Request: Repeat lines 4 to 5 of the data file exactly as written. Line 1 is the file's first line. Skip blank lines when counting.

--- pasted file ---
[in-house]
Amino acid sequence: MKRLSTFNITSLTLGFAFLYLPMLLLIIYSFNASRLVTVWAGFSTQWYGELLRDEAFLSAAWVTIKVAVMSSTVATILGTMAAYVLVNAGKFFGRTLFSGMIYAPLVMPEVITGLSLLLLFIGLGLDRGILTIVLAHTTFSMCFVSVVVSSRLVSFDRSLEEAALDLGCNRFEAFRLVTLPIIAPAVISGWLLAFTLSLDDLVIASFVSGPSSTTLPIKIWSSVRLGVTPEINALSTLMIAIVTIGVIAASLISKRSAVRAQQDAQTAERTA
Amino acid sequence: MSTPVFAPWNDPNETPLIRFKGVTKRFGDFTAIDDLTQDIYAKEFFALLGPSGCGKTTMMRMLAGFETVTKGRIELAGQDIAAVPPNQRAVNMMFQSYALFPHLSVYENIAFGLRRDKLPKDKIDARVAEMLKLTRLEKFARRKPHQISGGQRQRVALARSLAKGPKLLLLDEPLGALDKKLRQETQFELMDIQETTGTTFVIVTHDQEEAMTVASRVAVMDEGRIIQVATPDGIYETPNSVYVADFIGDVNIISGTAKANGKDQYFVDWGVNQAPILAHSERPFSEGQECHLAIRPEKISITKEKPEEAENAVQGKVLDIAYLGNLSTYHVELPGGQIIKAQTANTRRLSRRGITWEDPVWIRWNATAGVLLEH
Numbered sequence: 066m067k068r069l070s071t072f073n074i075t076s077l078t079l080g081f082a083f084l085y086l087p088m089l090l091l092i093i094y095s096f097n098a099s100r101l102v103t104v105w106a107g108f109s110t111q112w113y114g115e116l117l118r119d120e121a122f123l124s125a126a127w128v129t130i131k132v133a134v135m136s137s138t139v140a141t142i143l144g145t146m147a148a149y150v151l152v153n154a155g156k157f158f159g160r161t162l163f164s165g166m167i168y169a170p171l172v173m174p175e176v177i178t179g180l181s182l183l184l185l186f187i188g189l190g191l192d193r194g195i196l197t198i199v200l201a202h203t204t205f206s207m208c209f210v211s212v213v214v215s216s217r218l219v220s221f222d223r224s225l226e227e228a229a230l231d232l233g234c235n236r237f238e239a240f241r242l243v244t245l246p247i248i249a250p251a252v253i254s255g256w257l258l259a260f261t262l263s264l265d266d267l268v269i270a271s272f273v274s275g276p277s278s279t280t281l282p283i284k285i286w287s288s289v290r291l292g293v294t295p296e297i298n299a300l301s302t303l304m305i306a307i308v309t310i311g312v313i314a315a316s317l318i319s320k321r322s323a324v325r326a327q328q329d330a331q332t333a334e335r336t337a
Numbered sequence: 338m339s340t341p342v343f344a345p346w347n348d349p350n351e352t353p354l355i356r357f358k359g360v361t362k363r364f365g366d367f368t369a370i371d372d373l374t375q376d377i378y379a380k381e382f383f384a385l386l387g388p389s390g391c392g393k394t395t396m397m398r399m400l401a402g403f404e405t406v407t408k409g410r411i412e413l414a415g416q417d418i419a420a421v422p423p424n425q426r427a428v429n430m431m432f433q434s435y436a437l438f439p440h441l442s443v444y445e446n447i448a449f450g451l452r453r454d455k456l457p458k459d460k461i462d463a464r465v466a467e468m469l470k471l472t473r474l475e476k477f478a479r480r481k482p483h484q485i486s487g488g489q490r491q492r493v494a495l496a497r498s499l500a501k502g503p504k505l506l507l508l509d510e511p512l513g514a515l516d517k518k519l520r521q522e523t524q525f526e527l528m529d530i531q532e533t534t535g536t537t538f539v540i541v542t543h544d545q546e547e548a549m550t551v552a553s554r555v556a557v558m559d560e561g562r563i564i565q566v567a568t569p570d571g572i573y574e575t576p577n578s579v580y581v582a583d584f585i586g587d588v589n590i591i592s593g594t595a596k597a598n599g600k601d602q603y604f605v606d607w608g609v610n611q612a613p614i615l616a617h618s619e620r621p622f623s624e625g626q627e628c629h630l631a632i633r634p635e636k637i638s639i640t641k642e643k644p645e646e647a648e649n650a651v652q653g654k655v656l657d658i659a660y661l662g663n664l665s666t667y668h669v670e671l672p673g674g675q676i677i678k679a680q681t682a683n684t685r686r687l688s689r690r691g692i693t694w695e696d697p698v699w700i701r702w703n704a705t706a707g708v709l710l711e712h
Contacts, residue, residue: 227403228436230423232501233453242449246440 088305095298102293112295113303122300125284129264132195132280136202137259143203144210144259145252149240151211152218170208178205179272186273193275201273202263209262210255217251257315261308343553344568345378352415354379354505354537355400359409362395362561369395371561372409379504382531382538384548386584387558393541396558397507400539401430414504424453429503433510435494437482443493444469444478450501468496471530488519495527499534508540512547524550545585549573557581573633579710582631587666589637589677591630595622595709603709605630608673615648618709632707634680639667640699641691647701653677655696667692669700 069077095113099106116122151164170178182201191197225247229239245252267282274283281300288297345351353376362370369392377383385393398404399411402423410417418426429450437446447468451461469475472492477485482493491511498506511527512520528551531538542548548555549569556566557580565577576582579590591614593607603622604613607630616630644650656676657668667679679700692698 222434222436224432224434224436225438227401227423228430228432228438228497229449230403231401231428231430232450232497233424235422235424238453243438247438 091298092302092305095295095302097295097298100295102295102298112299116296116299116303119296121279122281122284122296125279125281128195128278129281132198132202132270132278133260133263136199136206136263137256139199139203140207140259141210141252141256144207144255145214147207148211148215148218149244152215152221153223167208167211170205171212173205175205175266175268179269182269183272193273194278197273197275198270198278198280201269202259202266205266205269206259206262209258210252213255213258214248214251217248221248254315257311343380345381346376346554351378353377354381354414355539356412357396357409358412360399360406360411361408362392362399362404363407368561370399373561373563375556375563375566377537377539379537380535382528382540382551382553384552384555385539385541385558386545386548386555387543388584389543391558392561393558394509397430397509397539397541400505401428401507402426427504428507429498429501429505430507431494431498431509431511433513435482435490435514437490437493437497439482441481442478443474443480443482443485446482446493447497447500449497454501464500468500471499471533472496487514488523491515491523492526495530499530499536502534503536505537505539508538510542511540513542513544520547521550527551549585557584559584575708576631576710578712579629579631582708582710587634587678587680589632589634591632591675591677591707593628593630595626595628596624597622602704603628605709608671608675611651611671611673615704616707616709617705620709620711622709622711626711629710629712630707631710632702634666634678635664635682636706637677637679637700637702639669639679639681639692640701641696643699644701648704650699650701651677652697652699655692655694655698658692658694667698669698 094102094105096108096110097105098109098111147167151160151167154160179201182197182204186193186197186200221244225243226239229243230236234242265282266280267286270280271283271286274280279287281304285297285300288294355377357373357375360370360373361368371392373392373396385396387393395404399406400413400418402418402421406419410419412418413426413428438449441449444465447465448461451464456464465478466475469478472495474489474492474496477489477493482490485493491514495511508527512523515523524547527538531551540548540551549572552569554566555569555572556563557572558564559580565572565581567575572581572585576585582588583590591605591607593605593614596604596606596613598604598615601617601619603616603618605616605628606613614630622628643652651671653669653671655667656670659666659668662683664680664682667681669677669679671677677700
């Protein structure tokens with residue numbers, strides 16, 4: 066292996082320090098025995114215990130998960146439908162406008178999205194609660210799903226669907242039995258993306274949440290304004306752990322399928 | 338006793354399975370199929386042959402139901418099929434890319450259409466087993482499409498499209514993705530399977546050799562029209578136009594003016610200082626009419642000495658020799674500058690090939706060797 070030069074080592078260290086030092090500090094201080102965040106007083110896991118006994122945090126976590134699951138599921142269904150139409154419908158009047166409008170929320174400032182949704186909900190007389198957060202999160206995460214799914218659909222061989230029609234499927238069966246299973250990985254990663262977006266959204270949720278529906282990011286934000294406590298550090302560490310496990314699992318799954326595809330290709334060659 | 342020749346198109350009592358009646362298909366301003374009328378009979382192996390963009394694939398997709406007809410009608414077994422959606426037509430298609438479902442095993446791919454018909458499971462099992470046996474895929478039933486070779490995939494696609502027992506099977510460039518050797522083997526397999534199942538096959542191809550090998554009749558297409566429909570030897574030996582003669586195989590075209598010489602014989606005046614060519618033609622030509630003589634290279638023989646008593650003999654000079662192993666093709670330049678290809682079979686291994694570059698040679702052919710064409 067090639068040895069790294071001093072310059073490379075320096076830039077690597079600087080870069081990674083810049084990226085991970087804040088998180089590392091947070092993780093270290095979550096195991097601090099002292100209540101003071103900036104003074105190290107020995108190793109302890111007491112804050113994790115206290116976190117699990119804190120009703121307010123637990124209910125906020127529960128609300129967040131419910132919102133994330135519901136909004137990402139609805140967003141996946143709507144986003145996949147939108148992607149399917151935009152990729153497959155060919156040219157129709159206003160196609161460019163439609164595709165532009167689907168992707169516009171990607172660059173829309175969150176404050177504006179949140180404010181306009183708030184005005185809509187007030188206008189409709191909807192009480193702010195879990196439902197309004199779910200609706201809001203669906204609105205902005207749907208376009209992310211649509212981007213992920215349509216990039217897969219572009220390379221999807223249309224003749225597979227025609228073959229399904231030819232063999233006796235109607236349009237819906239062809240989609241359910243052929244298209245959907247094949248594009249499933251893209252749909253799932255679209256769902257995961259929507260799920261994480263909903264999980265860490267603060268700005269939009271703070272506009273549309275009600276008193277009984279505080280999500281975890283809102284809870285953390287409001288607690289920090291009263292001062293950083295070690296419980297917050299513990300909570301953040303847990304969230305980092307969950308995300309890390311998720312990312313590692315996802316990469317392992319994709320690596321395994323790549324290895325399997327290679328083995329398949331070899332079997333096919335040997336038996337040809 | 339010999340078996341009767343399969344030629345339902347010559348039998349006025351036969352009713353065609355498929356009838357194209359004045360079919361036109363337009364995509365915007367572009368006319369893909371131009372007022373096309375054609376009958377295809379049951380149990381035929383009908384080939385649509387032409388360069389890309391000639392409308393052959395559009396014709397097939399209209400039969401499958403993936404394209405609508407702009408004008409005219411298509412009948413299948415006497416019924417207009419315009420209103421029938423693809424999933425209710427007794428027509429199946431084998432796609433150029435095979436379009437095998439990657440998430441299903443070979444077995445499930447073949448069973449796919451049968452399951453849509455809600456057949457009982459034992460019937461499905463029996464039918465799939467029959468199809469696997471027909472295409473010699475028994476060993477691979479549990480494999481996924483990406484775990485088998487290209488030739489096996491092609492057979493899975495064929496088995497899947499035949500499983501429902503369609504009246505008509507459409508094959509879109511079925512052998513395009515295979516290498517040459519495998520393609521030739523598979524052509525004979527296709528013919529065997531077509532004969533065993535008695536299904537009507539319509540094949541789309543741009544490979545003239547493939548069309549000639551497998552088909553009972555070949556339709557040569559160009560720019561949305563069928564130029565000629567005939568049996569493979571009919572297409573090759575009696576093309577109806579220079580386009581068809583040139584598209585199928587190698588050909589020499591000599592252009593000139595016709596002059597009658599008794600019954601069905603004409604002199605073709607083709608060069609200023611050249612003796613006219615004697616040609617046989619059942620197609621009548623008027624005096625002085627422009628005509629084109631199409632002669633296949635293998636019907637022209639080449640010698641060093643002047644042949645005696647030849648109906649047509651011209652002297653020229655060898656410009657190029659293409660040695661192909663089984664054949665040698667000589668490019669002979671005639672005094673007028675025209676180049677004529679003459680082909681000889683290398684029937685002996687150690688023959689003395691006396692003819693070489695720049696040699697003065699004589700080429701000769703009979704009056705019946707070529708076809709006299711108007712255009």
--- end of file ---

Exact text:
Numbered sequence: 066m067k068r069l070s071t072f073n074i075t076s077l078t079l080g081f082a083f084l085y086l087p088m089l090l091l092i093i094y095s096f097n098a099s100r101l102v103t104v105w106a107g108f109s110t111q112w113y114g115e116l117l118r119d120e121a122f123l124s125a126a127w128v129t130i131k132v133a134v135m136s137s138t139v140a141t142i143l144g145t146m147a148a149y150v151l152v153n154a155g156k157f158f159g160r161t162l163f164s165g166m167i168y169a170p171l172v173m174p175e176v177i178t179g180l181s182l183l184l185l186f187i188g189l190g191l192d193r194g195i196l197t198i199v200l201a202h203t204t205f206s207m208c209f210v211s212v213v214v215s216s217r218l219v220s221f222d223r224s225l226e227e228a229a230l231d232l233g234c235n236r237f238e239a240f241r242l243v244t245l246p247i248i249a250p251a252v253i254s255g256w257l258l259a260f261t262l263s264l265d266d267l268v269i270a271s272f273v274s275g276p277s278s279t280t281l282p283i284k285i286w287s288s289v290r291l292g293v294t295p296e297i298n299a300l301s302t303l304m305i306a307i308v309t310i311g312v313i314a315a316s317l318i319s320k321r322s323a324v325r326a327q328q329d330a331q332t333a334e335r336t337a
Numbered sequence: 338m339s340t341p342v343f344a345p346w347n348d349p350n351e352t353p354l355i356r357f358k359g360v361t362k363r364f365g366d367f368t369a370i371d372d373l374t375q376d377i378y379a380k381e382f383f384a385l386l387g388p389s390g391c392g393k394t395t396m397m398r399m400l401a402g403f404e405t406v407t408k409g410r411i412e413l414a415g416q417d418i419a420a421v422p423p424n425q426r427a428v429n430m431m432f433q434s435y436a437l438f439p440h441l442s443v444y445e446n447i448a449f450g451l452r453r454d455k456l457p458k459d460k461i462d463a464r465v466a467e468m469l470k471l472t473r474l475e476k477f478a479r480r481k482p483h484q485i486s487g488g489q490r491q492r493v494a495l496a497r498s499l500a501k502g503p504k505l506l507l508l509d510e511p512l513g514a515l516d517k518k519l520r521q522e523t524q525f526e527l528m529d530i531q532e533t534t535g536t537t538f539v540i541v542t543h544d545q546e547e548a549m550t551v552a553s554r555v556a557v558m559d560e561g562r563i564i565q566v567a568t569p570d571g572i573y574e575t576p577n578s579v580y581v582a583d584f585i586g587d588v589n590i591i592s593g594t595a596k597a598n599g600k601d602q603y604f605v606d607w608g609v610n611q612a613p614i615l616a617h618s619e620r621p622f623s624e625g626q627e628c629h630l631a632i633r634p635e636k637i638s639i640t641k642e643k644p645e646e647a648e649n650a651v652q653g654k655v656l657d658i659a660y661l662g663n664l665s666t667y668h669v670e671l672p673g674g675q676i677i678k679a680q681t682a683n684t685r686r687l688s689r690r691g692i693t694w695e696d697p698v699w700i701r702w703n704a705t706a707g708v709l710l711e712h